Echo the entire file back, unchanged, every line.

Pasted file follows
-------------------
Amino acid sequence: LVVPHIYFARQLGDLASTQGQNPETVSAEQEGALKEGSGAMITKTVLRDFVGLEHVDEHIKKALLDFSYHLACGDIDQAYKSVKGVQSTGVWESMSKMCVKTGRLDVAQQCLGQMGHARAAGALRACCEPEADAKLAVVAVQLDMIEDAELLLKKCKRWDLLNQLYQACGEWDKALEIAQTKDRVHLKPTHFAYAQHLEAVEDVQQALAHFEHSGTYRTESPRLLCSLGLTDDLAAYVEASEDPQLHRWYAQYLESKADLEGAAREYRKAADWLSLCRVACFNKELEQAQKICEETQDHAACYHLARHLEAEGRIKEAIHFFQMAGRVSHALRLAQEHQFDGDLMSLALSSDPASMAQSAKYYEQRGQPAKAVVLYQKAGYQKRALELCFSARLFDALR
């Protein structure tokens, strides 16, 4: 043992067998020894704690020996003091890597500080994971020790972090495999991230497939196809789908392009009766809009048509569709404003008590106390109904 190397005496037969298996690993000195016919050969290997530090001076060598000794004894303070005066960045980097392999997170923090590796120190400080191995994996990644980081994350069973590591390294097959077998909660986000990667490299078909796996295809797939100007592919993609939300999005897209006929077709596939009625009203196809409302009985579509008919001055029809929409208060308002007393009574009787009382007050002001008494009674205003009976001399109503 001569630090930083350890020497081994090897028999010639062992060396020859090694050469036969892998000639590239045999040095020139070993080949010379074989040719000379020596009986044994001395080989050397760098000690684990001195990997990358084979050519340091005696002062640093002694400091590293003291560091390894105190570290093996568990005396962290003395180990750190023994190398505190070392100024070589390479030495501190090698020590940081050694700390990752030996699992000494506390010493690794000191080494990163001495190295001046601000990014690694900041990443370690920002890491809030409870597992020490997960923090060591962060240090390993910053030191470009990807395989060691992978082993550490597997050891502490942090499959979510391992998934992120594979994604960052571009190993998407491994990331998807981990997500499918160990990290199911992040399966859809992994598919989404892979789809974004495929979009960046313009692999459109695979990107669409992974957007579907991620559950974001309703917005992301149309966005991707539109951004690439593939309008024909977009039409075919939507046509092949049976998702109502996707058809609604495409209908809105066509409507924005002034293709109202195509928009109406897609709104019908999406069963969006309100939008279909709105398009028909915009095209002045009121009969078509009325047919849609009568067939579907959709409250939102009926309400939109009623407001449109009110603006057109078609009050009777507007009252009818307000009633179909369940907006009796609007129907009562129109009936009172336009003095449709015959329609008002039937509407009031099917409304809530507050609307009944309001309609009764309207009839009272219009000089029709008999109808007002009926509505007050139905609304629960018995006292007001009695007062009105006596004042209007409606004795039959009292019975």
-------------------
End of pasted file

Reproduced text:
Amino acid sequence: LVVPHIYFARQLGDLASTQGQNPETVSAEQEGALKEGSGAMITKTVLRDFVGLEHVDEHIKKALLDFSYHLACGDIDQAYKSVKGVQSTGVWESMSKMCVKTGRLDVAQQCLGQMGHARAAGALRACCEPEADAKLAVVAVQLDMIEDAELLLKKCKRWDLLNQLYQACGEWDKALEIAQTKDRVHLKPTHFAYAQHLEAVEDVQQALAHFEHSGTYRTESPRLLCSLGLTDDLAAYVEASEDPQLHRWYAQYLESKADLEGAAREYRKAADWLSLCRVACFNKELEQAQKICEETQDHAACYHLARHLEAEGRIKEAIHFFQMAGRVSHALRLAQEHQFDGDLMSLALSSDPASMAQSAKYYEQRGQPAKAVVLYQKAGYQKRALELCFSARLFDALR
């Protein structure tokens, strides 16, 4: 043992067998020894704690020996003091890597500080994971020790972090495999991230497939196809789908392009009766809009048509569709404003008590106390109904 190397005496037969298996690993000195016919050969290997530090001076060598000794004894303070005066960045980097392999997170923090590796120190400080191995994996990644980081994350069973590591390294097959077998909660986000990667490299078909796996295809797939100007592919993609939300999005897209006929077709596939009625009203196809409302009985579509008919001055029809929409208060308002007393009574009787009382007050002001008494009674205003009976001399109503 001569630090930083350890020497081994090897028999010639062992060396020859090694050469036969892998000639590239045999040095020139070993080949010379074989040719000379020596009986044994001395080989050397760098000690684990001195990997990358084979050519340091005696002062640093002694400091590293003291560091390894105190570290093996568990005396962290003395180990750190023994190398505190070392100024070589390479030495501190090698020590940081050694700390990752030996699992000494506390010493690794000191080494990163001495190295001046601000990014690694900041990443370690920002890491809030409870597992020490997960923090060591962060240090390993910053030191470009990807395989060691992978082993550490597997050891502490942090499959979510391992998934992120594979994604960052571009190993998407491994990331998807981990997500499918160990990290199911992040399966859809992994598919989404892979789809974004495929979009960046313009692999459109695979990107669409992974957007579907991620559950974001309703917005992301149309966005991707539109951004690439593939309008024909977009039409075919939507046509092949049976998702109502996707058809609604495409209908809105066509409507924005002034293709109202195509928009109406897609709104019908999406069963969006309100939008279909709105398009028909915009095209002045009121009969078509009325047919849609009568067939579907959709409250939102009926309400939109009623407001449109009110603006057109078609009050009777507007009252009818307000009633179909369940907006009796609007129907009562129109009936009172336009003095449709015959329609008002039937509407009031099917409304809530507050609307009944309001309609009764309207009839009272219009000089029709008999109808007002009926509505007050139905609304629960018995006292007001009695007062009105006596004042209007409606004795039959009292019975």